BLACK-TAILED PRAIRIE DOG – Cynomys ludovicianus

BLACK-TAILED PRAIRIE DOG

Black-tailed prairie dog facts: Black-tailed prairie dogs have sharp teeth, a black-tipped tail, and are about 14 to 15.7 inches (35.5 to 39.8 centimeters) long. Their fur is brown, golden brown, or reddish brown, and whitish on the underside.

Geographic range: These prairie dogs are found in areas from Canada to Mexico. In Canada they are found in Saskatchewan; in the United States they live from Montana to eastern Nebraska, south to northern Mexico.

Black-tailed prairie dog habitat: Black-tailed prairie dogs live in open, flat and arid, extremely dry, grassy plains.

What does black-tailed prairie dogeat: These animals eat primarily leaves, stems, grass roots, weeds, and wildflowers. They will sometimes eat grasshoppers, beetles and other insects.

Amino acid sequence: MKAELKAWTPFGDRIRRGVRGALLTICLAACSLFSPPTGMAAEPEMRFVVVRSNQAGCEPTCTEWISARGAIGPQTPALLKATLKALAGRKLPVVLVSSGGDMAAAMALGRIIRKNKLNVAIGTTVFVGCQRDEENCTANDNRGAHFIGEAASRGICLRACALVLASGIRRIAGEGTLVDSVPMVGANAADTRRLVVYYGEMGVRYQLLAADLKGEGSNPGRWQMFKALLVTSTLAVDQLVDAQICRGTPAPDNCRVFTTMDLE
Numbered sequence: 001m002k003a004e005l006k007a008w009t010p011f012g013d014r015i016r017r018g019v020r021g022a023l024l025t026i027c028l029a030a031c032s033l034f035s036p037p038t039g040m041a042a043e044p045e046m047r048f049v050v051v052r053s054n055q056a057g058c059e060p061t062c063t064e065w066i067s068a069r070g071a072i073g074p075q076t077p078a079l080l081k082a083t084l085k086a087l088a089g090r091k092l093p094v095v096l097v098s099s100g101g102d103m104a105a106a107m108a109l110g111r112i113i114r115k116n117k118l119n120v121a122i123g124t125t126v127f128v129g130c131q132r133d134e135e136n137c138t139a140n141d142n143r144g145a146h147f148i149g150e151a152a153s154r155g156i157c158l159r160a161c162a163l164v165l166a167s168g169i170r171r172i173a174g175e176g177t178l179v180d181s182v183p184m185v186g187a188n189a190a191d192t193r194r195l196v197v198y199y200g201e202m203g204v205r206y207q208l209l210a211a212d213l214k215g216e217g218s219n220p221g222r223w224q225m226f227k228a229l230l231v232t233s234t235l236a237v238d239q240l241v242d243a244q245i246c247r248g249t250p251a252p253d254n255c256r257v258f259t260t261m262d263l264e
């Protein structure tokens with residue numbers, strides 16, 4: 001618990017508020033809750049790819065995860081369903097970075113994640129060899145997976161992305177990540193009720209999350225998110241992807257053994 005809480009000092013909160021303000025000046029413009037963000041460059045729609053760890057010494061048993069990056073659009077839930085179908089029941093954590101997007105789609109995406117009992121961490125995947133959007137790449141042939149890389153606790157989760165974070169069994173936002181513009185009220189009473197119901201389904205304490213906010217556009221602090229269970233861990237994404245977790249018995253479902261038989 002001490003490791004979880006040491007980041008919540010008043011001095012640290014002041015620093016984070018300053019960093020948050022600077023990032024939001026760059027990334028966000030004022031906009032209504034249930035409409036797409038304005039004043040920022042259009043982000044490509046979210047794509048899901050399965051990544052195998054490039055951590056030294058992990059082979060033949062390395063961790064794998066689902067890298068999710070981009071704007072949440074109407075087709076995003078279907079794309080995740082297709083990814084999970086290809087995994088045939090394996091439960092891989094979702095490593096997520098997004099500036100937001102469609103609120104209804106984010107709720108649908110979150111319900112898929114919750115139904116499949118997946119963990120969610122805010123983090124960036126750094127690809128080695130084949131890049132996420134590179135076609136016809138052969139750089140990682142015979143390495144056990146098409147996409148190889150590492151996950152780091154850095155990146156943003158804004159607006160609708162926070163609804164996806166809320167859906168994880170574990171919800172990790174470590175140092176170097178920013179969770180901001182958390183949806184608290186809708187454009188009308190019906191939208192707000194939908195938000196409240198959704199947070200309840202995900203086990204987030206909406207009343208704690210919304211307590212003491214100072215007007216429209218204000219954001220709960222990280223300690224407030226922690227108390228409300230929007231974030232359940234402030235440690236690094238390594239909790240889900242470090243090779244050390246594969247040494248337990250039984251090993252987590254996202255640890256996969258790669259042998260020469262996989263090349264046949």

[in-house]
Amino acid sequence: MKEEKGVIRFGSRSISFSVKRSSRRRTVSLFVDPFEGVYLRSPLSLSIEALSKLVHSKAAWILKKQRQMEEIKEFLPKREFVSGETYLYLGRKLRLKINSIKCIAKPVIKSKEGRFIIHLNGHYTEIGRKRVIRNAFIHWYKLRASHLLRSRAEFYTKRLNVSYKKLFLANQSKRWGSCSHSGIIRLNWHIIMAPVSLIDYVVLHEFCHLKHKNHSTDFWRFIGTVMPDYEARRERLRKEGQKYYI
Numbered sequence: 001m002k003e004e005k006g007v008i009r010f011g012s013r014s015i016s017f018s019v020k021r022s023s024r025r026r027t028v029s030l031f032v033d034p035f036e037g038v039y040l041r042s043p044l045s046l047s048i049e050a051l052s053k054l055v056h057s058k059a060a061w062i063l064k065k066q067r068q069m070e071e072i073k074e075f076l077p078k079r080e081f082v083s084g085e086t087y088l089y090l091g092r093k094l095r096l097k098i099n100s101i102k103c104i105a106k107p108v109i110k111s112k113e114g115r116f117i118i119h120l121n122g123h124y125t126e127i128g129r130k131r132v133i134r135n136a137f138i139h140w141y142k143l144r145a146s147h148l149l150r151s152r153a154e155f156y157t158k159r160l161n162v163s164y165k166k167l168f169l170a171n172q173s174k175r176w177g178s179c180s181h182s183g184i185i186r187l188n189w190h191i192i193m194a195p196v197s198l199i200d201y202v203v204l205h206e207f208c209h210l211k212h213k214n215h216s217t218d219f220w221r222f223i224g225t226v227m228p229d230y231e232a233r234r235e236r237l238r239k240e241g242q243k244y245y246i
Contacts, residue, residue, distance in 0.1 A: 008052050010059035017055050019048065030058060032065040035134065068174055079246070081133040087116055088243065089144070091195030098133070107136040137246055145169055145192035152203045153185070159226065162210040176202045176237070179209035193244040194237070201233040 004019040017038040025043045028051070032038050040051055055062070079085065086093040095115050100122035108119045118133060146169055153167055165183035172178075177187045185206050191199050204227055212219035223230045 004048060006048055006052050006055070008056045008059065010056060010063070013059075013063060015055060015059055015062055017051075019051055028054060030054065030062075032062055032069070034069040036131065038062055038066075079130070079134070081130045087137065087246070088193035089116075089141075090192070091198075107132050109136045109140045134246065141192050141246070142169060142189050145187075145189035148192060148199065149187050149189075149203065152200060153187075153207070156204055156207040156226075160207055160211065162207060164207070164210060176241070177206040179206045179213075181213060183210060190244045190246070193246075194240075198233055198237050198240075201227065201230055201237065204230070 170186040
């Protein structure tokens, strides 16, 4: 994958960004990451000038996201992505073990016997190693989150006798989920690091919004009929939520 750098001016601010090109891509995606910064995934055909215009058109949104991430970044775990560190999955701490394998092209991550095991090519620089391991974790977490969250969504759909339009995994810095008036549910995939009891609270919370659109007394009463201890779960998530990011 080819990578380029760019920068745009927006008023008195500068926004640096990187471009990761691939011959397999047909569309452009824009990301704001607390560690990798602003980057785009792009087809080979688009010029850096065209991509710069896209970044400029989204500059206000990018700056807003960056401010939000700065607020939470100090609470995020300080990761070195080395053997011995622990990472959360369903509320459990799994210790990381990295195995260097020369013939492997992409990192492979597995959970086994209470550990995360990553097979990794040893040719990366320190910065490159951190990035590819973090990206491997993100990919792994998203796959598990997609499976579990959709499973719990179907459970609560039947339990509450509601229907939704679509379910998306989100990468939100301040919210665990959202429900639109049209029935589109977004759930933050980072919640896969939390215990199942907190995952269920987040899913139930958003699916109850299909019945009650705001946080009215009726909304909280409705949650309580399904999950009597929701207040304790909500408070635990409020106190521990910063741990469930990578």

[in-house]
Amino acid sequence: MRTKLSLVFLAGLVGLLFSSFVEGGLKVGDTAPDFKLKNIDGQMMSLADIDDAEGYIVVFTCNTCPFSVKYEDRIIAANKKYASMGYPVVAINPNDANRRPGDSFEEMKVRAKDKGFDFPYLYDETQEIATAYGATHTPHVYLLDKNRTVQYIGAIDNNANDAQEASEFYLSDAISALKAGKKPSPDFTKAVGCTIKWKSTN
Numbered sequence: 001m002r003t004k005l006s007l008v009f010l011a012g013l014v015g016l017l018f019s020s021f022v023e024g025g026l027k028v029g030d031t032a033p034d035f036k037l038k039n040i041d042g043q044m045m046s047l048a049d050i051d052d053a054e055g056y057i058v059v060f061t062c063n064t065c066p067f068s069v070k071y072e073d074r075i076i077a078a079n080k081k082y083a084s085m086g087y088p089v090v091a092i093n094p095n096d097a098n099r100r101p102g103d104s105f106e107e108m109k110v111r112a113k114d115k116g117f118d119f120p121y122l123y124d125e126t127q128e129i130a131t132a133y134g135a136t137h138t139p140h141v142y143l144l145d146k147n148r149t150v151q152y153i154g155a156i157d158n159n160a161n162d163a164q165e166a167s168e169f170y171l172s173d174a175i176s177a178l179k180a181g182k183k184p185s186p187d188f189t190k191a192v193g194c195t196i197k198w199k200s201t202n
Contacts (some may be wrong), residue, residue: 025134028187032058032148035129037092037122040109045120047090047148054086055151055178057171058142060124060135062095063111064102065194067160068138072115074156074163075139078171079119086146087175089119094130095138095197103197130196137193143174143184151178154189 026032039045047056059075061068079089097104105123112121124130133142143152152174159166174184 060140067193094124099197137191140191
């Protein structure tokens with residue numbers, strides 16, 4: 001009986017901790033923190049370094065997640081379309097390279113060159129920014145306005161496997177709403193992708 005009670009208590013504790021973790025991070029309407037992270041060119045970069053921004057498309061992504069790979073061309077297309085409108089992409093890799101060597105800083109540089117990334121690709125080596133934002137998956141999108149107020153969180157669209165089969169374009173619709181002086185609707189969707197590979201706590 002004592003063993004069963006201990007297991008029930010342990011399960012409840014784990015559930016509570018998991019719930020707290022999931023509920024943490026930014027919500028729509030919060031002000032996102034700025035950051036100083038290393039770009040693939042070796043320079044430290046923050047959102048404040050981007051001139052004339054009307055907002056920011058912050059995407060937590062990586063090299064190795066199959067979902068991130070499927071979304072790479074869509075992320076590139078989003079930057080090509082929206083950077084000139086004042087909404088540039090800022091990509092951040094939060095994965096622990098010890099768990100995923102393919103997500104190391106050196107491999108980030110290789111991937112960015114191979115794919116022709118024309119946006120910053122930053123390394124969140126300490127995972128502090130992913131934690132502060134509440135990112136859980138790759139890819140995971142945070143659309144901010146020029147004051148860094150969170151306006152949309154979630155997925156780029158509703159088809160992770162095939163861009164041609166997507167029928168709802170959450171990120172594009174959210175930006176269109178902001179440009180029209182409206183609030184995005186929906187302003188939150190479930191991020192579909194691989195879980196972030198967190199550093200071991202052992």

Behavior and reproduction: Black-tailed prairie dogs are extremely social. They dig a complex series of tunnels deep into the ground, which is called a town. Towns can spread over hundreds of acres and contain thousands of prairie dogs. They communicate to one another frequently, using yips, growls, chattering, barks and chirps.

Black-tailed prairie dogs have one litter a year. Breeding occurs from February to March. A month after mating, the female will have three to four offspring. Female prairie dogs are extremely protective of their young. They will often fight with other females to guard their territory and babies.

Black-tailed prairie dogs and people: Some farmers and ranchers consider black-tailed prairie dogs pests. Livestock can hurt a leg if they step into a prairie dog’s burrow, and they may compete with livestock for food.

Conservation status: Black-tailed prairie dogs are listed as Near Threatened by the IUCN.